They realized a failing in their initial approach: You can’t just tell whole populations of women that you intend to sterilize them so they can’t reproduce. They began to employ the newly developed propaganda techniques pioneered by Edward Bernays (more on him in a later article) to convince the public that what they were doing was in the best interests of society, and create personal choices and desires where these options would seem appealing.

Here is where it gets complicated. Because they now wrapped their message in flowery language with good sounding intentions, it became much more acceptable to the public, and far more difficult to discern its true intent.

Therefore, I suggest that we focus our efforts at looking at results rather than just the words. For example: it doesn’t matter whether you push someone off a cliff or trick them into jumping, the end result is the same.

To begin this series, I want to introduce part of the vision of eugenics, and show how it is being implemented today.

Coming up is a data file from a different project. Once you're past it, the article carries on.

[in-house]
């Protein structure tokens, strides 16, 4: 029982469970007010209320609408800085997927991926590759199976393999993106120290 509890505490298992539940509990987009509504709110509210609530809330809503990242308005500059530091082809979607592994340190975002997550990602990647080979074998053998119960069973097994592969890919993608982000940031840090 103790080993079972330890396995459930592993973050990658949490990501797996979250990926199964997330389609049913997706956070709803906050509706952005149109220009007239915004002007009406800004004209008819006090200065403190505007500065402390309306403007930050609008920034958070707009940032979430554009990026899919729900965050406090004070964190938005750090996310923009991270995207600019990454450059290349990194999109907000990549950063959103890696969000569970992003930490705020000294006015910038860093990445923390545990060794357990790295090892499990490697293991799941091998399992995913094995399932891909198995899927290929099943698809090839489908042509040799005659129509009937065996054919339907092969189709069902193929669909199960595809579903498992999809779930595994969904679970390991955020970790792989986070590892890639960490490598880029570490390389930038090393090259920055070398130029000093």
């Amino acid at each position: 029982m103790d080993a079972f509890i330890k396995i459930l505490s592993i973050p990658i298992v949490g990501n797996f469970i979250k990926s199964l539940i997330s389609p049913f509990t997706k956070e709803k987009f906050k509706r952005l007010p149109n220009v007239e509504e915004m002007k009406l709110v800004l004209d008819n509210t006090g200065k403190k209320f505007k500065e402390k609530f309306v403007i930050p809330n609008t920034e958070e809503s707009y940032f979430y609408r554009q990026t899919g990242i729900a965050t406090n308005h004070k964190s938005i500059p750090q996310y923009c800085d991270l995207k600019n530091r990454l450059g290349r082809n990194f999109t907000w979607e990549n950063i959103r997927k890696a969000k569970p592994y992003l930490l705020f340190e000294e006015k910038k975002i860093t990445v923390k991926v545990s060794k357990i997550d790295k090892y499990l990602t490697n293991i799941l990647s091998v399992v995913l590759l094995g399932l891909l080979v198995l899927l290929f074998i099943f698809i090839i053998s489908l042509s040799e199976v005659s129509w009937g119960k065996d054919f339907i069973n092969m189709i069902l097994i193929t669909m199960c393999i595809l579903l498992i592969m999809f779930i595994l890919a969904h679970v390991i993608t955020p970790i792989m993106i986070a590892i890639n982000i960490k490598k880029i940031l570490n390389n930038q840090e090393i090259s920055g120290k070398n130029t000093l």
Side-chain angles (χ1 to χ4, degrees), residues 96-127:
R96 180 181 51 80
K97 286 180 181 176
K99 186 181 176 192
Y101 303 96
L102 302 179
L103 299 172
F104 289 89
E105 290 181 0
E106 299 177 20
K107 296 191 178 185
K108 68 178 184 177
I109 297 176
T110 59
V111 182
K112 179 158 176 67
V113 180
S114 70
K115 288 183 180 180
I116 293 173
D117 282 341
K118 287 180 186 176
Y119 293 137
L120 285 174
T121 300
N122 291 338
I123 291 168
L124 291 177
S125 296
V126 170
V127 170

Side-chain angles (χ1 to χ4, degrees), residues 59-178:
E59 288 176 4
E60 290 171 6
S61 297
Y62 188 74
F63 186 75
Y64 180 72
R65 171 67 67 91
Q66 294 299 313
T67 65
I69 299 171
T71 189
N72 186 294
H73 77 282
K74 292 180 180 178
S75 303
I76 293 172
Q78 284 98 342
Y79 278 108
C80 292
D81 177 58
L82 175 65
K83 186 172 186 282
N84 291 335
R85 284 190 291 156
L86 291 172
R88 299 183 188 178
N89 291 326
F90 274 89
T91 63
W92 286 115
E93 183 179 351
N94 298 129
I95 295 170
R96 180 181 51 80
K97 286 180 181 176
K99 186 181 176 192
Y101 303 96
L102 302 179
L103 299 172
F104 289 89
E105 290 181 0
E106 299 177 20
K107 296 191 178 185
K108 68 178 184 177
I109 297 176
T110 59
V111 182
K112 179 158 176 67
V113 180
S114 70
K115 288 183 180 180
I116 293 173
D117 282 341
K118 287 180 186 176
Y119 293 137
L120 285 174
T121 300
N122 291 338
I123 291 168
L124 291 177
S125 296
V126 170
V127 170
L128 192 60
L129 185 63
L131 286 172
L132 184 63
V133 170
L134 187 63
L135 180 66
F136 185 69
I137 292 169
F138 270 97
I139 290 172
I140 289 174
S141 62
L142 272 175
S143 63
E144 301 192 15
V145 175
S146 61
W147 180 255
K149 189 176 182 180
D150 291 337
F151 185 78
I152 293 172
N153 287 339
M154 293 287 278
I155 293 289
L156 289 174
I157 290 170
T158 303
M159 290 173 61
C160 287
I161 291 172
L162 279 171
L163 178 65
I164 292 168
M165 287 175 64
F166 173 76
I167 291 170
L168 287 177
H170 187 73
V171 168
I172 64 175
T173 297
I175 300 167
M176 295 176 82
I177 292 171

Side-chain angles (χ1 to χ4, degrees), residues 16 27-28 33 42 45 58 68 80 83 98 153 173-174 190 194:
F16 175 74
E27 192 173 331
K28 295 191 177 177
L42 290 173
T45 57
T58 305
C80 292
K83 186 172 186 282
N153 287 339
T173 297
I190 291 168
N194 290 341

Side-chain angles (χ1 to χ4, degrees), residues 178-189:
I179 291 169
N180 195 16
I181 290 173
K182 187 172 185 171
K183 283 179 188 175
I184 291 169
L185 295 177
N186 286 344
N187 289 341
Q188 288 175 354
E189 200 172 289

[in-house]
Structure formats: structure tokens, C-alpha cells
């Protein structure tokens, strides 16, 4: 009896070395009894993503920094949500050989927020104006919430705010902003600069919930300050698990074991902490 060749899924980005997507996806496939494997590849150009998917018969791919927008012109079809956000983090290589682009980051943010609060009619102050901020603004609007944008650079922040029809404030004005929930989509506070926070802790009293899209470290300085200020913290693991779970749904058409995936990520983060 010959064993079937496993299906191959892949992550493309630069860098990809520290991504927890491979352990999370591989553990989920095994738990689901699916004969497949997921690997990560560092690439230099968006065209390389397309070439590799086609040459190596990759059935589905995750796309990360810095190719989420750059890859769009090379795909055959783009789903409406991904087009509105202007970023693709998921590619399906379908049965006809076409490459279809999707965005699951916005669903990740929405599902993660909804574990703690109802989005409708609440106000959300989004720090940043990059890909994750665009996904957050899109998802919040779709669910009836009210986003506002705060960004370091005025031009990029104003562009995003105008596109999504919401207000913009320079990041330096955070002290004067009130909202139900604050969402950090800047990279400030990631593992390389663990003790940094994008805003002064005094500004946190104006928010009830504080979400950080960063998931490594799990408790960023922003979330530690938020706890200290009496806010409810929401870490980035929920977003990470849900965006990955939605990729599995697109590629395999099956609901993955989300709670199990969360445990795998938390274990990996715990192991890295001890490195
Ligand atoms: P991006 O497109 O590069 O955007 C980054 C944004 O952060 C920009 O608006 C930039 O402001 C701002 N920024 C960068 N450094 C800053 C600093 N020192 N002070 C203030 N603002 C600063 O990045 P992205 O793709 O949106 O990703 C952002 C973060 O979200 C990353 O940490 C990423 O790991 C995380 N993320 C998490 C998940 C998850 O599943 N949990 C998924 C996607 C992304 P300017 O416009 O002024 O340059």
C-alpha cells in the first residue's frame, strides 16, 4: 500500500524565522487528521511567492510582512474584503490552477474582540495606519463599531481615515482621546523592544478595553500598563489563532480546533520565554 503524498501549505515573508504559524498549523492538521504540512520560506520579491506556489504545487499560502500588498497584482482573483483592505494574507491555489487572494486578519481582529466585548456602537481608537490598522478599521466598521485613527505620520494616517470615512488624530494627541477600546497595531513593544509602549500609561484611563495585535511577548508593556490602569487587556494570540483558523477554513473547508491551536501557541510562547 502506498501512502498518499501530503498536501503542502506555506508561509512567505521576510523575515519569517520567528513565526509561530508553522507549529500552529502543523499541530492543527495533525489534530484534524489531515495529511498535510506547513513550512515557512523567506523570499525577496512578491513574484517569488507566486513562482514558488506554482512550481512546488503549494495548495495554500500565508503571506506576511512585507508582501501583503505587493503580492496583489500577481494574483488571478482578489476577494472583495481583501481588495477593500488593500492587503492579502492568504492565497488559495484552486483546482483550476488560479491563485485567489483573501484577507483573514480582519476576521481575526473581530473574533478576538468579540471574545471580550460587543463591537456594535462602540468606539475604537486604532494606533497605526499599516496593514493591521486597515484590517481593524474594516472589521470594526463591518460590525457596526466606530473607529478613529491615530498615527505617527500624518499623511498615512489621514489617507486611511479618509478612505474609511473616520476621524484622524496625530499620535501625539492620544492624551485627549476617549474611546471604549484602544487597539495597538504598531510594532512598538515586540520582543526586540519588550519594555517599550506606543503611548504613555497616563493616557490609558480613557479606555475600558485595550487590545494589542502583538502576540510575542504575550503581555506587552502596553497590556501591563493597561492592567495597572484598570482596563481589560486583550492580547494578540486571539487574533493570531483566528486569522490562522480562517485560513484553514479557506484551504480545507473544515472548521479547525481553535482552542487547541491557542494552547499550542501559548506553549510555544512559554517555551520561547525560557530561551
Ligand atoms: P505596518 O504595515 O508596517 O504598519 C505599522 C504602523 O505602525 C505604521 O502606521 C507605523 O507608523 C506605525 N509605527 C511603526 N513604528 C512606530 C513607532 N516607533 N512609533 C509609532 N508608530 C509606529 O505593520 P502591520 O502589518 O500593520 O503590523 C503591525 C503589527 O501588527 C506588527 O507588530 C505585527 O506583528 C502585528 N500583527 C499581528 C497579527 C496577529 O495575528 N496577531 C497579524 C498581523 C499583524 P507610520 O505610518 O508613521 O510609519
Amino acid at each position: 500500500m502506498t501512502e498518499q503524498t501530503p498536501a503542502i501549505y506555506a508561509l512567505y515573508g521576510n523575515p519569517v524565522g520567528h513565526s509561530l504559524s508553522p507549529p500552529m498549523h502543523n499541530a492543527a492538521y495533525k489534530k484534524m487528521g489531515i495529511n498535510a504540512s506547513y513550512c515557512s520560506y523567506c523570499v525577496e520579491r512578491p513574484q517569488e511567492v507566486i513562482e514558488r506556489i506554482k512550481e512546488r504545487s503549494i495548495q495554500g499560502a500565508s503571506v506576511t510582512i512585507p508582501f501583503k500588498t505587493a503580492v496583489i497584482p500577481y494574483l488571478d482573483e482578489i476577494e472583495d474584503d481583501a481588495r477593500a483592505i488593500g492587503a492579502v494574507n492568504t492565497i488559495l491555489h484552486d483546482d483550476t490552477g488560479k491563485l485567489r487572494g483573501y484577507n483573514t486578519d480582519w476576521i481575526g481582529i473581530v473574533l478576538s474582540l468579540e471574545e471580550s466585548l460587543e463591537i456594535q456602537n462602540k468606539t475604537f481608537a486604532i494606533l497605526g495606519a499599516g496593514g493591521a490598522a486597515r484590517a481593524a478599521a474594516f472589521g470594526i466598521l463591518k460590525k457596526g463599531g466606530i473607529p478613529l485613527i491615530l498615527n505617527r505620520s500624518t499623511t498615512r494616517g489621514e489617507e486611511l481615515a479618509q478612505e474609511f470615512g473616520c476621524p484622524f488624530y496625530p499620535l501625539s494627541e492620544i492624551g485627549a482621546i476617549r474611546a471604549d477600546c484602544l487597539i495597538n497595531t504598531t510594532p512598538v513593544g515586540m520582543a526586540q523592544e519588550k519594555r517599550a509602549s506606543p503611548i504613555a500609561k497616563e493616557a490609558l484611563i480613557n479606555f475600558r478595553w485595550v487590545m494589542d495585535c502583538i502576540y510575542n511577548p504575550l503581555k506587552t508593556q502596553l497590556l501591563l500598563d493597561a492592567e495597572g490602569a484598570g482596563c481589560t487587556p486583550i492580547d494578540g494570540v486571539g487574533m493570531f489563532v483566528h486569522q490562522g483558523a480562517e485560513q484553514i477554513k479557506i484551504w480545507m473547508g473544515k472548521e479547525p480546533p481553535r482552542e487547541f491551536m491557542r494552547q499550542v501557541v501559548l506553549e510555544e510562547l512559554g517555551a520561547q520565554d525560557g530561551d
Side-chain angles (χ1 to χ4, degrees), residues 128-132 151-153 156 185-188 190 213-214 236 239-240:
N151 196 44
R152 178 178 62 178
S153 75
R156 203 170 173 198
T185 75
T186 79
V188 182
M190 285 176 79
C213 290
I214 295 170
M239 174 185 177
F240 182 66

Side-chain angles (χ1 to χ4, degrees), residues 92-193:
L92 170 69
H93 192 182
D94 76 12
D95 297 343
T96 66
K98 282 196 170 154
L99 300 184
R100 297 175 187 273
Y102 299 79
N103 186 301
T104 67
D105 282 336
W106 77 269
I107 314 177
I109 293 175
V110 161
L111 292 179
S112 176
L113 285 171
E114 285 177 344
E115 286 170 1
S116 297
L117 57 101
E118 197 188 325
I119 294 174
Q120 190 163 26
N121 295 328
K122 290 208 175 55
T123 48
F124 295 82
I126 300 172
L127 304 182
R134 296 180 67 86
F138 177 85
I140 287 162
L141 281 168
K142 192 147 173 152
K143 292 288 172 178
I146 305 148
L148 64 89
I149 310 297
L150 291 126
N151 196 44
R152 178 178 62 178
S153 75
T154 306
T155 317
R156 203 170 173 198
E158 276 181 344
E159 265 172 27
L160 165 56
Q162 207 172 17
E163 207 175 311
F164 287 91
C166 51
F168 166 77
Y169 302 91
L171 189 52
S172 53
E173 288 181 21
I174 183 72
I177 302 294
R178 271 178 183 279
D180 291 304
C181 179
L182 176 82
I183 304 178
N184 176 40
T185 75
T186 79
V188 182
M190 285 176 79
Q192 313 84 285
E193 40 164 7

Eugenics Enters Popular Literature

For many, the writing style of 100 years ago is complex and difficult to follow. I ask that you endure this, and read this passage from chapter 1 of “Brave New World” by Aldous Huxley. The reason will become clear shortly.

“And this,” said the Director opening the door, “is the Fertilizing Room.”

Bent over their instruments, three hundred Fertilizers were plunged, as the Director of Hatcheries and Conditioning entered the room, in the scarcely breathing silence, the absent-minded, soliloquizing hum or whistle, of absorbed concentration. A troop of newly arrived students, very young, pink and callow, followed nervously, rather abjectly, at the Director’s heels. Each of them carried a notebook, in which, whenever the great man spoke, he desperately scribbled. Straight from the horse’s mouth. It was a rare privilege. The D. H. C. for Central London always made a point of personally conducting his new students round the various departments.